Cover image of 'Until further notice, I am alive'

Until further notice, I am alive (2014)

Granta Books

In 2008, Tom Lubbock was diagnosed with a brain tumour, and told he had only one or two years to live. In this remarkable record of those years, lived out in three-month intervals between scans, he examines the question of how to live with death in sight. As the tumour progressed, Tom engaged intensely and imaginatively with work, art, friends, and his wife and their young son, while trying to remain focused on the fact of his impending death. His tumour was located in the area of the brain associated with language, and he describes losing control over the spoken and written word and the resources he drew on to keep communicating; a struggle which brought him ever closer to the mysteries of the origin of speech. As the Independent's chief art critic, he was renowned for the clarity and unconventionality of his writing, and the same fierce intelligence permeates this extraordinary memoir. This is a book written by a man wholly engaged with life even as it ends. (Publisher)

Cover image of 'Shrinking the smirch. A workbook to enable and inspire people with physical or mental health challenges'

Shrinking the smirch. A workbook to enable and inspire people with physical or mental health challenges (2014)

Speechmark Publishing Ltd

Shrinking the Smirch is a unique workbook for anybody who is living with a long term physical or psychological condition including MS, Parkinson's, brain injury, epilepsy, chronic fatigue, epilepsy, stroke, cancer, depression, eating disorders, trauma or anxiety. The workbook asks the reader to think about their symptoms as something external to them - a smirch. A smirch is an annoying little imaginary creature who seeks to make humans sad and unhealthy, helps you work out what your smirch makes you think, feel and do and create an image or description of your own smirch, includes twenty practical ways to shrink your smirch ideas, based on psychological approaches that have been proven to work including narrative therapy, CBT. ACT, systemic and solution focused models as well as mindfulness and positive psychological. This book offers a dynamic approach to managing mental and physical health challenges. Written in an accessible but unpatronising manner with marvellous pictures and some positive humour make it an easy read and will be a very useful resource for individuals with health conditions as well as therapists, teachers, life coaches and health professionals. (Publishing)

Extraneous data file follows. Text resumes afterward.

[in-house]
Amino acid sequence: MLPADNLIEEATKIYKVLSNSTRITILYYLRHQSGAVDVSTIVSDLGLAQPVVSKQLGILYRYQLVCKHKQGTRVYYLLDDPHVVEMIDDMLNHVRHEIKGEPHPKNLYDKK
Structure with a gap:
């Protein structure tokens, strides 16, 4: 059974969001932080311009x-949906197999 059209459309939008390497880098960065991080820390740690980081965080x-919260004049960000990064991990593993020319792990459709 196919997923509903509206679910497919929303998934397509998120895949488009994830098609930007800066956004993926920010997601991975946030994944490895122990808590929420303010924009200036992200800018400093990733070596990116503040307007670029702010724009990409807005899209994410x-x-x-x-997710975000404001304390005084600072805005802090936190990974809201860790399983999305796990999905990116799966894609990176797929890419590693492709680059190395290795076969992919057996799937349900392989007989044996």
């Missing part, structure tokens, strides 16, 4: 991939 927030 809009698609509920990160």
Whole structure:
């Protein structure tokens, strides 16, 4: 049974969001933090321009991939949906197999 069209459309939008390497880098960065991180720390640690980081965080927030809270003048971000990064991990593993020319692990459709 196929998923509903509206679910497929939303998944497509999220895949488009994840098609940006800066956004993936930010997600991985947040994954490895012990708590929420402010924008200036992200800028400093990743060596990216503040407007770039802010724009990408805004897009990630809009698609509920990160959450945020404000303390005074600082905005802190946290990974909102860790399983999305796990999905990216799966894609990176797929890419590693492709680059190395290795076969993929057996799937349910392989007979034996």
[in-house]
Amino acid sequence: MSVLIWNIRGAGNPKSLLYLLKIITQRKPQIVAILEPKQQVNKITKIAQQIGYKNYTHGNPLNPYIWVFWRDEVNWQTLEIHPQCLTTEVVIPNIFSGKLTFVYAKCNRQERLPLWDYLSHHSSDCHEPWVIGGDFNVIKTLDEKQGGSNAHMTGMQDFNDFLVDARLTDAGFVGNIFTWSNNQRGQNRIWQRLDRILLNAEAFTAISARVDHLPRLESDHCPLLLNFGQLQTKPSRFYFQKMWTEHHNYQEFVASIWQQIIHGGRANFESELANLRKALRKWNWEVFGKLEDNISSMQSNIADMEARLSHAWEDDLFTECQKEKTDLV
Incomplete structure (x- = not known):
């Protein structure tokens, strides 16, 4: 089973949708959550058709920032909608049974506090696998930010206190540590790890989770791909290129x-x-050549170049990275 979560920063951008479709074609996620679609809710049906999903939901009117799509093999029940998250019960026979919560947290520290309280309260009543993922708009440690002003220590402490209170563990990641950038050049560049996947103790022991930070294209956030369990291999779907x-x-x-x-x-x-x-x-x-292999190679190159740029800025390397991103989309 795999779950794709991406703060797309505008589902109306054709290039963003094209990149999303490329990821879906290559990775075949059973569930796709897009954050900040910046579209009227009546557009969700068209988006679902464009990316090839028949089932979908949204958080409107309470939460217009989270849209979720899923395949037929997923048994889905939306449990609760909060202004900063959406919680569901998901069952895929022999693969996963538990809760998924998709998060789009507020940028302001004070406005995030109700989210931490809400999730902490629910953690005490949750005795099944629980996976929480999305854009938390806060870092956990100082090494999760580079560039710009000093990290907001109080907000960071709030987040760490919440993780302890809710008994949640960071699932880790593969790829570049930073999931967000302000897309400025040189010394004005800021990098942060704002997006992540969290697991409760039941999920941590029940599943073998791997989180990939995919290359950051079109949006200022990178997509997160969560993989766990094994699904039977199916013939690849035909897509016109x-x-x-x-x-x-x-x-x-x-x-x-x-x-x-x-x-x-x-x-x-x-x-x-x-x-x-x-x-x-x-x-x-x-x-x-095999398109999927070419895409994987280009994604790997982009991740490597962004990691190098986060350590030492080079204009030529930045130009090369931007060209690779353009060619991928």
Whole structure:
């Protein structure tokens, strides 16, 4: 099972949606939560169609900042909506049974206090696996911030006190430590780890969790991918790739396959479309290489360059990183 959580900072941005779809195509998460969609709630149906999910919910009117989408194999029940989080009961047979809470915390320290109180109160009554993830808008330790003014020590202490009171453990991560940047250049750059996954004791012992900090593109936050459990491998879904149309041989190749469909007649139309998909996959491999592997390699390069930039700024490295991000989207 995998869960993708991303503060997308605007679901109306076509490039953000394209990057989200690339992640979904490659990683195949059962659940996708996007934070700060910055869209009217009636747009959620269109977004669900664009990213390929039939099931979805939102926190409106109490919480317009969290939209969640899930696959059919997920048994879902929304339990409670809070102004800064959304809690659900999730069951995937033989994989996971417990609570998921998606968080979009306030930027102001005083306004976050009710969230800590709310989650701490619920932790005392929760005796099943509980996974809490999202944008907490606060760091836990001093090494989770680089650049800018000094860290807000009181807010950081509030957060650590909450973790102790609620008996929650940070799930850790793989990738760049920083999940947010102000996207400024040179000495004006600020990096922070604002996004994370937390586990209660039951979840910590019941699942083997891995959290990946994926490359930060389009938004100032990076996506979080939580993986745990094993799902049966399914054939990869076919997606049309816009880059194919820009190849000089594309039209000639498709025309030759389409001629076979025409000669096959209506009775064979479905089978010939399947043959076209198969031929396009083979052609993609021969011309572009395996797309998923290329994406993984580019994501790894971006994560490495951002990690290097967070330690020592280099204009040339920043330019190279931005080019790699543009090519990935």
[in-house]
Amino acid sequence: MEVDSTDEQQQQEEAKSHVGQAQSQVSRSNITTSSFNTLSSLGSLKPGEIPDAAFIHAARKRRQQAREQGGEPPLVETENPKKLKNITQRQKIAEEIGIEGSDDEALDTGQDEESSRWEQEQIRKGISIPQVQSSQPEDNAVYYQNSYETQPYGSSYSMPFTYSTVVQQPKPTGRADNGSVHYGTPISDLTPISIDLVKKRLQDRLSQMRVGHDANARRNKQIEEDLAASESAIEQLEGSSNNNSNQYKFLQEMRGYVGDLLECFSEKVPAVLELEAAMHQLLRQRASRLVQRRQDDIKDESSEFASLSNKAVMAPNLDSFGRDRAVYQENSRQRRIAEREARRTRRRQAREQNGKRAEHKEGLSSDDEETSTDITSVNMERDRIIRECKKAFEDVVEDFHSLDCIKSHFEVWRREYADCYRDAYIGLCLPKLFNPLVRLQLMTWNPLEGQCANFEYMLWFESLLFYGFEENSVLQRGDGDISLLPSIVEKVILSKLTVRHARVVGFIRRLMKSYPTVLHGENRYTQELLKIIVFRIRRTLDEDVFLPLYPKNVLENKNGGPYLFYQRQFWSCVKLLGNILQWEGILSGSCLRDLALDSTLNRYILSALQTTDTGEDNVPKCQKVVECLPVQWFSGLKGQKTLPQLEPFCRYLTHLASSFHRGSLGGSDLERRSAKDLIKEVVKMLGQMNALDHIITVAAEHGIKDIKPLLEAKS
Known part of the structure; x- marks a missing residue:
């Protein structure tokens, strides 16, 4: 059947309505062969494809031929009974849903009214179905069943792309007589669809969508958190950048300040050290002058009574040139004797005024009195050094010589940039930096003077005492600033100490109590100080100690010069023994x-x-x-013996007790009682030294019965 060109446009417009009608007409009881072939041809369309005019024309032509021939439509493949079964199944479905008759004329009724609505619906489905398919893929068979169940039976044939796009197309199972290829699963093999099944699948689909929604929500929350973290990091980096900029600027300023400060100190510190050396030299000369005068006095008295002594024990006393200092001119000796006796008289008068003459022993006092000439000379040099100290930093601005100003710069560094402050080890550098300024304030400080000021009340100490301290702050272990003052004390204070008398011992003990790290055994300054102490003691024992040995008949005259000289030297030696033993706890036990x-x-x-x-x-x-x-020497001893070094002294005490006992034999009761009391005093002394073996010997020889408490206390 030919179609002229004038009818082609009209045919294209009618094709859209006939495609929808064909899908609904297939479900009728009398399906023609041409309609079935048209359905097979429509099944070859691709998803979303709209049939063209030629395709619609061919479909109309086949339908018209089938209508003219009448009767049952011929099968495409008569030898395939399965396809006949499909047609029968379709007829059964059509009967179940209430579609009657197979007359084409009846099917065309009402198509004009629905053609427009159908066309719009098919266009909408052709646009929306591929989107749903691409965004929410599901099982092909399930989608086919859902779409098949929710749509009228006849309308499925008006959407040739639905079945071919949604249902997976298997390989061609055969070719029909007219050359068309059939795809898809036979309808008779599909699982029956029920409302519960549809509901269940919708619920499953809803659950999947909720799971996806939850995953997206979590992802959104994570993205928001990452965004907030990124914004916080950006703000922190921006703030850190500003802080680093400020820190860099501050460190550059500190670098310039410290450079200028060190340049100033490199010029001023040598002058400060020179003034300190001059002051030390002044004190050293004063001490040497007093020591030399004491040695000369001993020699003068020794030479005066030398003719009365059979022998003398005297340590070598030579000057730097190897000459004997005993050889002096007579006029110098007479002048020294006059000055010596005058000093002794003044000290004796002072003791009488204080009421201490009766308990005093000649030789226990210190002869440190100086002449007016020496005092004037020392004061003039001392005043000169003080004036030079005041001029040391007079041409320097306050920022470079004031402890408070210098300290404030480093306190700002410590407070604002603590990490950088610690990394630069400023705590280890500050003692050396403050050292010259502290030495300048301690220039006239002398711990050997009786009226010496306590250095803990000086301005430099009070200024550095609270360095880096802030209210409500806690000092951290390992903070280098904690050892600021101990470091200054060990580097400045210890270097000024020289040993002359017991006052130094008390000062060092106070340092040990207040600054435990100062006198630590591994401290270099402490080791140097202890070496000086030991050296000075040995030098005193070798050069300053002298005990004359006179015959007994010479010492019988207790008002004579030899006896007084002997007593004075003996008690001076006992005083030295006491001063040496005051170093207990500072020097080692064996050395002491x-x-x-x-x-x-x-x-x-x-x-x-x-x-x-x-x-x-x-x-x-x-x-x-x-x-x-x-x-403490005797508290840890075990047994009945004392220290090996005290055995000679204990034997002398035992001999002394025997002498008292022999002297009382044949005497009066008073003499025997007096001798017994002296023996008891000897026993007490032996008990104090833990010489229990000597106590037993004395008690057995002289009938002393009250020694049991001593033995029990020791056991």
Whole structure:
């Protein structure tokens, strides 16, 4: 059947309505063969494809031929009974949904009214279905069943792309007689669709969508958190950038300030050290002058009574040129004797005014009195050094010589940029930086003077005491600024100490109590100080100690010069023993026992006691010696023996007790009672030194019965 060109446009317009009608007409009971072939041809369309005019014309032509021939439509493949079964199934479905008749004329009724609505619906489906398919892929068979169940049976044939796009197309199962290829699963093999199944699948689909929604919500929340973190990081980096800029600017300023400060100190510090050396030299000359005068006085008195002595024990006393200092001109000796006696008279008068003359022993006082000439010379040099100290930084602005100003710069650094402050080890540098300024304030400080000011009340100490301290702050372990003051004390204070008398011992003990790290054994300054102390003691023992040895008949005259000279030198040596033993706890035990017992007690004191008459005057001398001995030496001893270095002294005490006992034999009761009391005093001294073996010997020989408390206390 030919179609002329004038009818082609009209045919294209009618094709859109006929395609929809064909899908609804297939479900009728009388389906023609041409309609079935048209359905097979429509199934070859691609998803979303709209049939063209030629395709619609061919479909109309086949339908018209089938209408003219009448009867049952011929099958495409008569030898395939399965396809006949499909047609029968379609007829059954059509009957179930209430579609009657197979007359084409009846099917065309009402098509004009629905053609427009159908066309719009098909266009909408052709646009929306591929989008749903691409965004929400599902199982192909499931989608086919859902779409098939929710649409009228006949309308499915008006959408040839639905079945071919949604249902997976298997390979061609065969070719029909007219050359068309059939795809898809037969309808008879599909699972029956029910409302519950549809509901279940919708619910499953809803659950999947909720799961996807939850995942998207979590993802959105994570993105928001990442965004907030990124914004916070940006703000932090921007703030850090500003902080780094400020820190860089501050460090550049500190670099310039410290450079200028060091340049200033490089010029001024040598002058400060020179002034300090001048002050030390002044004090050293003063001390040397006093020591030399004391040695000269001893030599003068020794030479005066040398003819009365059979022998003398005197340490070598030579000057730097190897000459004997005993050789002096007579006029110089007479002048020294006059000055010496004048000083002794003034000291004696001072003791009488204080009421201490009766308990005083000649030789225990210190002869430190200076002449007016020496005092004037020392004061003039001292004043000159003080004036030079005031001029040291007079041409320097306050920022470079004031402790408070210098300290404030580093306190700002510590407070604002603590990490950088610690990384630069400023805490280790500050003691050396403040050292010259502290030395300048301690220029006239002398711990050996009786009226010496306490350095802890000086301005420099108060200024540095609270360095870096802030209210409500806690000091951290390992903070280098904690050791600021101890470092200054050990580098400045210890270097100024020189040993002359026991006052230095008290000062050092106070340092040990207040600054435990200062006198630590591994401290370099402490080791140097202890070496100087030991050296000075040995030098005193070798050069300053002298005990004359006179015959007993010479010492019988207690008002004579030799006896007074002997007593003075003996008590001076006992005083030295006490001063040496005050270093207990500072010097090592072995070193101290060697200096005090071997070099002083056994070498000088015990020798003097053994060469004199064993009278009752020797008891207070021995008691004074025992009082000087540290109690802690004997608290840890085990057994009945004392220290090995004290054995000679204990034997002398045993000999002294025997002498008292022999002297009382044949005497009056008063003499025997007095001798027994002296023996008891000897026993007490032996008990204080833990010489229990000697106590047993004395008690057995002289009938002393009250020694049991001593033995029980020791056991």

Cover image of 'Probably nothing. A diary of not-your-average nine months'

Probably nothing. A diary of not-your-average nine months (2014)

Viking

A moving, funny and inspiring graphic memoir by a woman who discovered she had cancer whilst she was pregnant: 'I am glad. And then sad. (But) Mum's bought me a furry snood. 'Ooh, lovely!'' At 31, Matilda Tristram was 17 weeks pregnant and looking forward to having her first baby. Then she discovered she had cancer. This touching and hilarious graphic memoir, which is never morose or self-pitying, starts at the moment Matilda was diagnosed and ends when her course of chemotherapy finishes in October 2013. Recording the awkward conversations, the highs and lows of treatment, the mixed blessings of receiving 'Get Well' cards, and the reality of still having to queue too long for croissants, Matilda captures her experiences with characteristic style and warmth. Along the way she cherishes the small details of life, and learns not to sweat the big things. Her beautiful and boisterous son was born without complications and is reliably keeping her up most nights. Charming, witty and uplifting - this unique and beautifully illustrated book will leave you cherishing the good things in life, and ready to face your own challenges. (Publisher)

Cover image of 'The cancer wellness cookbook'